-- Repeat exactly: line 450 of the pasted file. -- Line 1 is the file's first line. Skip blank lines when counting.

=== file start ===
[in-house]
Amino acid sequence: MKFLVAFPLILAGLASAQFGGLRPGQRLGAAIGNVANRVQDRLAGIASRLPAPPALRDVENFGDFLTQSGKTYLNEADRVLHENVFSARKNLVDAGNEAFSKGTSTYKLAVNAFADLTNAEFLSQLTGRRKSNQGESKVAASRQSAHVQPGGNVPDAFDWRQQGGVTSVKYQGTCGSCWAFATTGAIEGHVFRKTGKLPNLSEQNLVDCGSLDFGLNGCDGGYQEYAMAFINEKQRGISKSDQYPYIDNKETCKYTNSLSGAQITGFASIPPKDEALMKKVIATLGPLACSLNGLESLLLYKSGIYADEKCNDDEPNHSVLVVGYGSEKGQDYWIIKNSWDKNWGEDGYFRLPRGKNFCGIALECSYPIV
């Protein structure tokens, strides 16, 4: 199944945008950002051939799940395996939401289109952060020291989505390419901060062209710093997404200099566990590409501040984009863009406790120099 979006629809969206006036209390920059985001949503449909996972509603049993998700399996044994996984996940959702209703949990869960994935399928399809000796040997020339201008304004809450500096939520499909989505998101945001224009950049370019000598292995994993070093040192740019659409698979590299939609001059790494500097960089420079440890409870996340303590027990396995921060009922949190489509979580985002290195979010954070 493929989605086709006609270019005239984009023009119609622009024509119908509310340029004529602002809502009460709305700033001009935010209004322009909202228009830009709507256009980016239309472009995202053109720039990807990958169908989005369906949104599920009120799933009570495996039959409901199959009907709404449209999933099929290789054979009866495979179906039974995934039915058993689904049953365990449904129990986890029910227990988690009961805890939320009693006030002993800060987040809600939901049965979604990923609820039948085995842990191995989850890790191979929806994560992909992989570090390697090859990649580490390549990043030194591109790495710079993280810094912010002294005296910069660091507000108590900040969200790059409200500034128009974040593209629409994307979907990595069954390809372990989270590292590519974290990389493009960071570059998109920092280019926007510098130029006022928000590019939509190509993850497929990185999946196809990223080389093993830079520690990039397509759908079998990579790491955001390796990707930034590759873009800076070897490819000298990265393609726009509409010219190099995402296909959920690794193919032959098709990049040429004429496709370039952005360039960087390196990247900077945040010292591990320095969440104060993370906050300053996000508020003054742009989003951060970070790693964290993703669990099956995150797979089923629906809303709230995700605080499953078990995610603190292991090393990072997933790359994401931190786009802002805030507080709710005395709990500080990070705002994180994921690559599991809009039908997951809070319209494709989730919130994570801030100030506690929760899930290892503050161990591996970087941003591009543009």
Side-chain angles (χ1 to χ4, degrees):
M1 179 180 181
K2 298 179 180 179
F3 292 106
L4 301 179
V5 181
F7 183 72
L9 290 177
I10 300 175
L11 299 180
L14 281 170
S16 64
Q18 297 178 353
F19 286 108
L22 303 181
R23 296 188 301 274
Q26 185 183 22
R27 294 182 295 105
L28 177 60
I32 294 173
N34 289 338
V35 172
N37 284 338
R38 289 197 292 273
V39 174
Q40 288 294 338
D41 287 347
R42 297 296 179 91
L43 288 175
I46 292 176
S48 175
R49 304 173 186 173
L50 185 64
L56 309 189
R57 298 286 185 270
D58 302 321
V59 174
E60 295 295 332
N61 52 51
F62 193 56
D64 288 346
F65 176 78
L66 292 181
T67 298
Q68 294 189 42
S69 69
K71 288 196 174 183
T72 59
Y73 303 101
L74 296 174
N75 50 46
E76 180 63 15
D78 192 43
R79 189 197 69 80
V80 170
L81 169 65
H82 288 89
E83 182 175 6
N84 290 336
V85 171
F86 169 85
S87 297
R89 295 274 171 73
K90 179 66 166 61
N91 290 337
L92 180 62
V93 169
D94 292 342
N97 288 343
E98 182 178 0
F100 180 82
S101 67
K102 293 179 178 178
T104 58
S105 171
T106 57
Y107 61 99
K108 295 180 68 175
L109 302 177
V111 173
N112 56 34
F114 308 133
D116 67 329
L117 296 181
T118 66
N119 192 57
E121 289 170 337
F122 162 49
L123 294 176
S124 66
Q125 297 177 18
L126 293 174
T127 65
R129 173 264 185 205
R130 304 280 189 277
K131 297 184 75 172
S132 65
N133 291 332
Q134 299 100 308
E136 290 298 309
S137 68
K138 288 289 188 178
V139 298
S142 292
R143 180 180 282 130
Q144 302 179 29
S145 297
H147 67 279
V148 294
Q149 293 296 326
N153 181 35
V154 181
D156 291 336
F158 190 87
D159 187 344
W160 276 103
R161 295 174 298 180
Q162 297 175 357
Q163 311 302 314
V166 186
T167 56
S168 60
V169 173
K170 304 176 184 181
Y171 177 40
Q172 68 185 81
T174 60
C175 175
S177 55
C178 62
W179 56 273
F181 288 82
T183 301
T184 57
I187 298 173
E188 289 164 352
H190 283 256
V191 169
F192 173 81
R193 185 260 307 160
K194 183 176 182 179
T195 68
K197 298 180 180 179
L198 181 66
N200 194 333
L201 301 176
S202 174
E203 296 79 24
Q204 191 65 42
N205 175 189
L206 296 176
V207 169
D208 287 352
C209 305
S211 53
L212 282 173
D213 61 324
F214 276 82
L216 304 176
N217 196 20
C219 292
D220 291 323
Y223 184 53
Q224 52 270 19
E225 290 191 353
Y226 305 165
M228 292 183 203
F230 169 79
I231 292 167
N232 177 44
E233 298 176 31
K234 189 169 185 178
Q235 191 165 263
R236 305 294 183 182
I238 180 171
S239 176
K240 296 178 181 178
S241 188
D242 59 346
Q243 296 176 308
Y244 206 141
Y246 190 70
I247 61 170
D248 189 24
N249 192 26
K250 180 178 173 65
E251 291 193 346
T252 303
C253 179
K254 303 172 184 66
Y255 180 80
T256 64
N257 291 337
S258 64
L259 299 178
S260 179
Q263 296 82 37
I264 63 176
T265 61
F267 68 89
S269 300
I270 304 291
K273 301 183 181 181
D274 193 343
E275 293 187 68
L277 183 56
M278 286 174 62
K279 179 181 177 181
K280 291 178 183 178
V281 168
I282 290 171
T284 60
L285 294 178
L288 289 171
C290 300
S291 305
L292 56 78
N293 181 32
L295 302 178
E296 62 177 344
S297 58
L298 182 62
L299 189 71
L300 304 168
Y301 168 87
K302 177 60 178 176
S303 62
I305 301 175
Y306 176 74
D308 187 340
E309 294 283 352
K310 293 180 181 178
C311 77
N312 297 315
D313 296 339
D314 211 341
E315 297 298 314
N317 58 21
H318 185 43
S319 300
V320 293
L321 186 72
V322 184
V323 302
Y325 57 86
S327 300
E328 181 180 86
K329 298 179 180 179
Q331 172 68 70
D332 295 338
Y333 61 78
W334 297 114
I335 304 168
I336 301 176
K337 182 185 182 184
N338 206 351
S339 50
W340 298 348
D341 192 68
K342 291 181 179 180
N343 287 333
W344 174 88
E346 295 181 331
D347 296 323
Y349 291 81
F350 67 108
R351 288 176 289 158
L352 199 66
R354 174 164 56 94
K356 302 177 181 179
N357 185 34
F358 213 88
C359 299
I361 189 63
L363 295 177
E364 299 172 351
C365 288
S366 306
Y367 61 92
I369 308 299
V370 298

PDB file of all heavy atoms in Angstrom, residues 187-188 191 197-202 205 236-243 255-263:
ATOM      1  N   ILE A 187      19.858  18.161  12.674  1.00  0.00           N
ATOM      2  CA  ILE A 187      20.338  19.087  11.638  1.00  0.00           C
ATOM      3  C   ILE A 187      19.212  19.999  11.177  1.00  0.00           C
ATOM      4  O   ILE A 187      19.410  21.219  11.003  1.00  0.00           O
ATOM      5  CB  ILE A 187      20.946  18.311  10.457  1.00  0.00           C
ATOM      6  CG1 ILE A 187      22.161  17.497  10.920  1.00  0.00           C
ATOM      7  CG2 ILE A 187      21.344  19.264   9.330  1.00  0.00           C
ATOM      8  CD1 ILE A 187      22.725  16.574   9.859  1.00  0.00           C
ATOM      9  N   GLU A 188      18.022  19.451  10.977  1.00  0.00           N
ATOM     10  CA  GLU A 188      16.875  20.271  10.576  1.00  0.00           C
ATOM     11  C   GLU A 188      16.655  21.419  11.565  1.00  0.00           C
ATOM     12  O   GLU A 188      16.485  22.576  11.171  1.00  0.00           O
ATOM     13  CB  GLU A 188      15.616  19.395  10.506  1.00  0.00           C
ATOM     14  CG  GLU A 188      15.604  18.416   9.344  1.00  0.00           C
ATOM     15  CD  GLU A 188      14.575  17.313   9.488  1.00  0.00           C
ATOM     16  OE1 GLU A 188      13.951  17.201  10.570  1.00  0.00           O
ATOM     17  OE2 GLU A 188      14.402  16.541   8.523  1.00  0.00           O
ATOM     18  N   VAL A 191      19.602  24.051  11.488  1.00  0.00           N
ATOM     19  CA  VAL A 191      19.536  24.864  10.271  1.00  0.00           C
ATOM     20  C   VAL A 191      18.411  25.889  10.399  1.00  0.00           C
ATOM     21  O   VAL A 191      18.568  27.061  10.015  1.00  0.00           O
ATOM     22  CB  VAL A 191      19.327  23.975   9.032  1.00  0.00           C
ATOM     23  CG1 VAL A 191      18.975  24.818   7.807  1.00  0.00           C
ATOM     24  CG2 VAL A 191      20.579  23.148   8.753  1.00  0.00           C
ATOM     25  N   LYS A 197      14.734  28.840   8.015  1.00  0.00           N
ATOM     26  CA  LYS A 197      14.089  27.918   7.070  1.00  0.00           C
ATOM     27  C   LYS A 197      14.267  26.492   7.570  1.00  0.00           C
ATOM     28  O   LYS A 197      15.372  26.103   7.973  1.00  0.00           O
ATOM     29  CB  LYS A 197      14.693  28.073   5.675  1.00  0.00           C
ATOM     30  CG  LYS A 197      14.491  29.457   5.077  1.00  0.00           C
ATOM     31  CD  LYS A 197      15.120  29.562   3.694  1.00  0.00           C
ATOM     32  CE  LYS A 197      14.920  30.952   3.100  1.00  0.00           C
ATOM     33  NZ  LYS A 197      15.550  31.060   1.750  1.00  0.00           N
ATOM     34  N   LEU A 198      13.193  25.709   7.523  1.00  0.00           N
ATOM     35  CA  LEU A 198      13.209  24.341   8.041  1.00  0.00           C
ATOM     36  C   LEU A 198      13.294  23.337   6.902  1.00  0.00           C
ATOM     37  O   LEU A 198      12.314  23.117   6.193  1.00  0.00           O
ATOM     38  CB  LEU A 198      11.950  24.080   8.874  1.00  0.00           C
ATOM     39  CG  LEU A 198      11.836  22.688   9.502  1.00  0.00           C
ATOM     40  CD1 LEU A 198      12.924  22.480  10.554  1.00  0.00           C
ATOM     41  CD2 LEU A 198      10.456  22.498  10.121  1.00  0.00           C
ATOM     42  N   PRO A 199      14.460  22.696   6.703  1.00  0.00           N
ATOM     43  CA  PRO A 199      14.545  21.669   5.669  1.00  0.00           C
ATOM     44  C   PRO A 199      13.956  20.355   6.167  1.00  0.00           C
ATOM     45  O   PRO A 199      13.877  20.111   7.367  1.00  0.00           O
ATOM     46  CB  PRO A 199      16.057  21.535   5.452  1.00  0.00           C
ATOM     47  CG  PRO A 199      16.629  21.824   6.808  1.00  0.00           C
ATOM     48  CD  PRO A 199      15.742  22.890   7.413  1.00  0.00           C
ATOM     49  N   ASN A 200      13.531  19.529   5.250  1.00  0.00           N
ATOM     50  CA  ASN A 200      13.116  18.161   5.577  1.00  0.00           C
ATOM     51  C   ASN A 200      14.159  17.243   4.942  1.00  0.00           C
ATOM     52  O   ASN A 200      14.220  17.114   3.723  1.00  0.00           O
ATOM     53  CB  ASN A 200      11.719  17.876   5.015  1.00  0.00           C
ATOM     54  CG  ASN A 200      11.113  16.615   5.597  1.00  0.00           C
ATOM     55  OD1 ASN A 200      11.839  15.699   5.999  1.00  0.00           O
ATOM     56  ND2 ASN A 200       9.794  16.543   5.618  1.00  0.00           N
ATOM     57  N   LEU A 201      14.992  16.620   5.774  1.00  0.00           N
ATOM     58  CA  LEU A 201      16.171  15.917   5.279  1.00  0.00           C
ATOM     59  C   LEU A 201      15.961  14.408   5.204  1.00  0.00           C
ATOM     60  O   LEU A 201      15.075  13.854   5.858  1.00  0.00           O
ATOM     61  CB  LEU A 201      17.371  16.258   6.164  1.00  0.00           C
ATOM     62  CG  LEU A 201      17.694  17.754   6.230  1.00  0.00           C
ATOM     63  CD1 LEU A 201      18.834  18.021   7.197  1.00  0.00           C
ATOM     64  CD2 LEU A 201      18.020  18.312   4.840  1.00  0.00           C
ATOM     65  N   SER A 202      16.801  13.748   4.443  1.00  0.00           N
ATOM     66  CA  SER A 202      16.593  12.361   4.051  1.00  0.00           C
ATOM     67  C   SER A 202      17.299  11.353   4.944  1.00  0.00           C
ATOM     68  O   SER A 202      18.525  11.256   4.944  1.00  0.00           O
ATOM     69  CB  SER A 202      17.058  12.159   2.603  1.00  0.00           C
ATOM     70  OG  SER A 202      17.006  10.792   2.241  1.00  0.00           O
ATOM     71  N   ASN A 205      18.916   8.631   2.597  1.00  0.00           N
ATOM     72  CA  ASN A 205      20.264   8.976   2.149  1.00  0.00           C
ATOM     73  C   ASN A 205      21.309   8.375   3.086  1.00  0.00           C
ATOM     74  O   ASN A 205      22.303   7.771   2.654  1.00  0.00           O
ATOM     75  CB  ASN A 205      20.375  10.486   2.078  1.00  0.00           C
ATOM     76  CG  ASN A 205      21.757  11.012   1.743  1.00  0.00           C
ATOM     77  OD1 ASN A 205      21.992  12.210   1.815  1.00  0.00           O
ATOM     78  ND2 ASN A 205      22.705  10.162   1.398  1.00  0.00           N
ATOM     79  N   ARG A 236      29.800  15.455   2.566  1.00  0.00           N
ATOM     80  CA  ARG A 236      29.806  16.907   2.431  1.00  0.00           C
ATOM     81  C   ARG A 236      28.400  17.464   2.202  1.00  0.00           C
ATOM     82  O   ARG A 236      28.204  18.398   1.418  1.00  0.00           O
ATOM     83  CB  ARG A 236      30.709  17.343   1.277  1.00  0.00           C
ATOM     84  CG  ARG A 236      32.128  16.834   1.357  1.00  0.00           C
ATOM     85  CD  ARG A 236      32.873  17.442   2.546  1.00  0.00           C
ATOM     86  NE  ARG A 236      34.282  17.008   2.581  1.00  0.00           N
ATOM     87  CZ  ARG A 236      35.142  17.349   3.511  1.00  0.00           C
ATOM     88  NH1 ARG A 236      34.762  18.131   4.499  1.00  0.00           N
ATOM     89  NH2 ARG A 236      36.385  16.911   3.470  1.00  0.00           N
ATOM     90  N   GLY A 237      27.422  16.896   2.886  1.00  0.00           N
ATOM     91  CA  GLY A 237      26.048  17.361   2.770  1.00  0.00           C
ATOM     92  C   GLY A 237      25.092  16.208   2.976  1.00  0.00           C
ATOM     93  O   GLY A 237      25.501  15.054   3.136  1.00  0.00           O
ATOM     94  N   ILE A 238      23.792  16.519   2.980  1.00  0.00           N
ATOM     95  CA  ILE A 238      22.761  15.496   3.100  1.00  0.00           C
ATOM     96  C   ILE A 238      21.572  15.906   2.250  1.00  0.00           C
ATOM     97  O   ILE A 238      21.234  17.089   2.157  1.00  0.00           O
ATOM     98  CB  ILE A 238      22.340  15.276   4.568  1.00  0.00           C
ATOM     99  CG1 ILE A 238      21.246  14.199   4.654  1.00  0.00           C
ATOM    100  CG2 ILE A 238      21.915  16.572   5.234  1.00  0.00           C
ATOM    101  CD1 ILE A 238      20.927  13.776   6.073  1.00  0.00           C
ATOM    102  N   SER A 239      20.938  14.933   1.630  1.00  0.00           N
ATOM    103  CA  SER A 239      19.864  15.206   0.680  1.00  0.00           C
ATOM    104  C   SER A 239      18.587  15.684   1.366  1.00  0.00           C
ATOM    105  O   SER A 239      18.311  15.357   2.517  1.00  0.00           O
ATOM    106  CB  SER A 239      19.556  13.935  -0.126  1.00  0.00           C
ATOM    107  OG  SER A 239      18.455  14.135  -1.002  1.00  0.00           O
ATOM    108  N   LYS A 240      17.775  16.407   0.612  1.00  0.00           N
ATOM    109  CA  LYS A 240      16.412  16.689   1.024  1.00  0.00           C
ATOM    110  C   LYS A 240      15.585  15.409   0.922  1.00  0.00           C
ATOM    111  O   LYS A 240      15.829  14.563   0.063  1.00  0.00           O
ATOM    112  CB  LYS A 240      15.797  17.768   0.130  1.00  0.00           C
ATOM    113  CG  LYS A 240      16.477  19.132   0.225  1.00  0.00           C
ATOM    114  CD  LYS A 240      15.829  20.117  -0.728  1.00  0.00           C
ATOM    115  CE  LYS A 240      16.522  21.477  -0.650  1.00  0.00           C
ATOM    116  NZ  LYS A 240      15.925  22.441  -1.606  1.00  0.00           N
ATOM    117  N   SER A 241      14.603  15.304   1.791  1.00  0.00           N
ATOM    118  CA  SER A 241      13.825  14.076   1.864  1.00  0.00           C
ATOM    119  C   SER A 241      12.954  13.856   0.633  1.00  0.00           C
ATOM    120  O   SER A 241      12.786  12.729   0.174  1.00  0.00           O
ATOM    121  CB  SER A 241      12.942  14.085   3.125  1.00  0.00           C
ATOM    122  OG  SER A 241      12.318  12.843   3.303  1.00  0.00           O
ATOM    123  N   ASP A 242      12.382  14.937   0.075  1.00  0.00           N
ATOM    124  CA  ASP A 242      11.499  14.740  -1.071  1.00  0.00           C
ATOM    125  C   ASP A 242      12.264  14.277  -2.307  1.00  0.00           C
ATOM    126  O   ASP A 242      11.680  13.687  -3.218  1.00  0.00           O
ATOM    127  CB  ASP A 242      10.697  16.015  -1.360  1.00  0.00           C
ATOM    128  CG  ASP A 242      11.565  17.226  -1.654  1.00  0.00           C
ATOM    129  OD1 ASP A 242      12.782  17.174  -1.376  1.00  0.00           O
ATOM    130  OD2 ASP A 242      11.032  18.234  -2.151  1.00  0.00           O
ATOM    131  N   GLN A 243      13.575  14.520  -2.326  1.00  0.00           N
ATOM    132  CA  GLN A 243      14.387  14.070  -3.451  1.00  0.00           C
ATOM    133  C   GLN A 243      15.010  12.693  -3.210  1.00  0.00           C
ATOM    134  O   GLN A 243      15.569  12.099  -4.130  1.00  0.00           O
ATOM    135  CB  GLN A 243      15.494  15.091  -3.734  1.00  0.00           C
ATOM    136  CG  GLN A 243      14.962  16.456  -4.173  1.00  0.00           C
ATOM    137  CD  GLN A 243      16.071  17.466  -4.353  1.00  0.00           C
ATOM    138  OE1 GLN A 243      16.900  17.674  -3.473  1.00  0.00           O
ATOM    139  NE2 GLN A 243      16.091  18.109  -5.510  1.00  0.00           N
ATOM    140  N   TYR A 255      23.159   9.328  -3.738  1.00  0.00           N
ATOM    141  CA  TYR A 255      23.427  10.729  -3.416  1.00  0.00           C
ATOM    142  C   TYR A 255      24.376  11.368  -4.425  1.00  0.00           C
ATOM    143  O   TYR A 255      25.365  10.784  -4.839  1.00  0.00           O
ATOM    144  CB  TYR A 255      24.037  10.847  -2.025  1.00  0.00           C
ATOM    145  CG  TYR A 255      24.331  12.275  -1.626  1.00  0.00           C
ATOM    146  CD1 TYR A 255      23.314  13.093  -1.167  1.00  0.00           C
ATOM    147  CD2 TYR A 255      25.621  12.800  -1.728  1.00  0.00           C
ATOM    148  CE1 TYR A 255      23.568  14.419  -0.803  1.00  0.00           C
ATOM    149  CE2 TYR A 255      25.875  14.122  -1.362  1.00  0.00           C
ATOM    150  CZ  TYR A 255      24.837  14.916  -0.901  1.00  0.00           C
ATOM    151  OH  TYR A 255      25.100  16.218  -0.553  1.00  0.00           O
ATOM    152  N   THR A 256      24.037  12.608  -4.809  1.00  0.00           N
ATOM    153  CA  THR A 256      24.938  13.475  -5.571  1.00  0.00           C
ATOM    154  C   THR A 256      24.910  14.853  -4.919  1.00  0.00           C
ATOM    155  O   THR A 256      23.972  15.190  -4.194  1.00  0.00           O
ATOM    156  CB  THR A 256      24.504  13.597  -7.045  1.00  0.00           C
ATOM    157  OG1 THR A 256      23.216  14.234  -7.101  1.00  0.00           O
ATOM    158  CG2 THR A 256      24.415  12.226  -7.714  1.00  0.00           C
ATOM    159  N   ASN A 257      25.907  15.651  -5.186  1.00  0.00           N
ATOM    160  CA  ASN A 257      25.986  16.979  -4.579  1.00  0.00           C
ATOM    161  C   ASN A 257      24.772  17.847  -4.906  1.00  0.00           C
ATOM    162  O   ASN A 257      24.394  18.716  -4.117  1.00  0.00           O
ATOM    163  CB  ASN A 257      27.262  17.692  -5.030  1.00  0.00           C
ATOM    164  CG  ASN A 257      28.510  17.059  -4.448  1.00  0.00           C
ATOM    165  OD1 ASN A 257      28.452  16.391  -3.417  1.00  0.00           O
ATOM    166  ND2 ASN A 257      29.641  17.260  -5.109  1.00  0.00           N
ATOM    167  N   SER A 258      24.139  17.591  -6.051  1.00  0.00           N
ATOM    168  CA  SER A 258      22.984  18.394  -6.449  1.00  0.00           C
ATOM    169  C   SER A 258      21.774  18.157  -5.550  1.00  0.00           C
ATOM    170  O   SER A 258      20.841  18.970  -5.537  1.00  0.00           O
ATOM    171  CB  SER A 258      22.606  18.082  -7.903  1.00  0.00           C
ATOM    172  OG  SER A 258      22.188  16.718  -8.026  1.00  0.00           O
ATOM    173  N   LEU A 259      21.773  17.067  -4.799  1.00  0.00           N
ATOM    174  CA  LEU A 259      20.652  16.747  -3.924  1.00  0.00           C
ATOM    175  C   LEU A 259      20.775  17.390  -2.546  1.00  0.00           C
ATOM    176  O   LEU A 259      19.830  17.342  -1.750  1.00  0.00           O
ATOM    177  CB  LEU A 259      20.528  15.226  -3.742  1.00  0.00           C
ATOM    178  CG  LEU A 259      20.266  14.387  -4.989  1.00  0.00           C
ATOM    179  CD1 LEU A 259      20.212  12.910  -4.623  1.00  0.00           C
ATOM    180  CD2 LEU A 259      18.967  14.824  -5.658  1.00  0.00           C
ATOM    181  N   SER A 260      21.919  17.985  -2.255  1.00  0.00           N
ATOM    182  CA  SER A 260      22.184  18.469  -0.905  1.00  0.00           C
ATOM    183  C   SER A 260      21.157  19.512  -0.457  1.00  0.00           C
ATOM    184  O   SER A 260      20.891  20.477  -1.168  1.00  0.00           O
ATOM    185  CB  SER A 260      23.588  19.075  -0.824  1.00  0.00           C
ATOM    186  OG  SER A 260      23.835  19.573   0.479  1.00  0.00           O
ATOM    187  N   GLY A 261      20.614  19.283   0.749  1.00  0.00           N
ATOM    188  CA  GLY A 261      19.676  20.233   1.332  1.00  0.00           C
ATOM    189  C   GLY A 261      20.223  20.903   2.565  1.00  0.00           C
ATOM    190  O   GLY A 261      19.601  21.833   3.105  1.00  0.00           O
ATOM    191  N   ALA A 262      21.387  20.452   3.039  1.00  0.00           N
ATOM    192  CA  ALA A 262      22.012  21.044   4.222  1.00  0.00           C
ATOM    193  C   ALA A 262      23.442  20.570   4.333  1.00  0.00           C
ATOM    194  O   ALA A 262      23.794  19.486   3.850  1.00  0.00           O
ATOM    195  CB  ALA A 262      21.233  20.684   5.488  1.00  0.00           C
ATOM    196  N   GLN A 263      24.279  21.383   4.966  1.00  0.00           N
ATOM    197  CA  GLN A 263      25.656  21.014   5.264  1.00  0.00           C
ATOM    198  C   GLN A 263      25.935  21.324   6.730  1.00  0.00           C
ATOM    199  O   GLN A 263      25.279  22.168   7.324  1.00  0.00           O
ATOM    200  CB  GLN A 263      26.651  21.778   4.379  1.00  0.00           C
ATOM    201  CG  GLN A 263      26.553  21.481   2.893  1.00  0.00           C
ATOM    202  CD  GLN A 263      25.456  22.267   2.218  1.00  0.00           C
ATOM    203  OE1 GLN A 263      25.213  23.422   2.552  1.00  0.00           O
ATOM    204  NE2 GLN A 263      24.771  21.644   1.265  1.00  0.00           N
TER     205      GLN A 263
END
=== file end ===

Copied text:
ATOM    165  OD1 ASN A 257      28.452  16.391  -3.417  1.00  0.00           O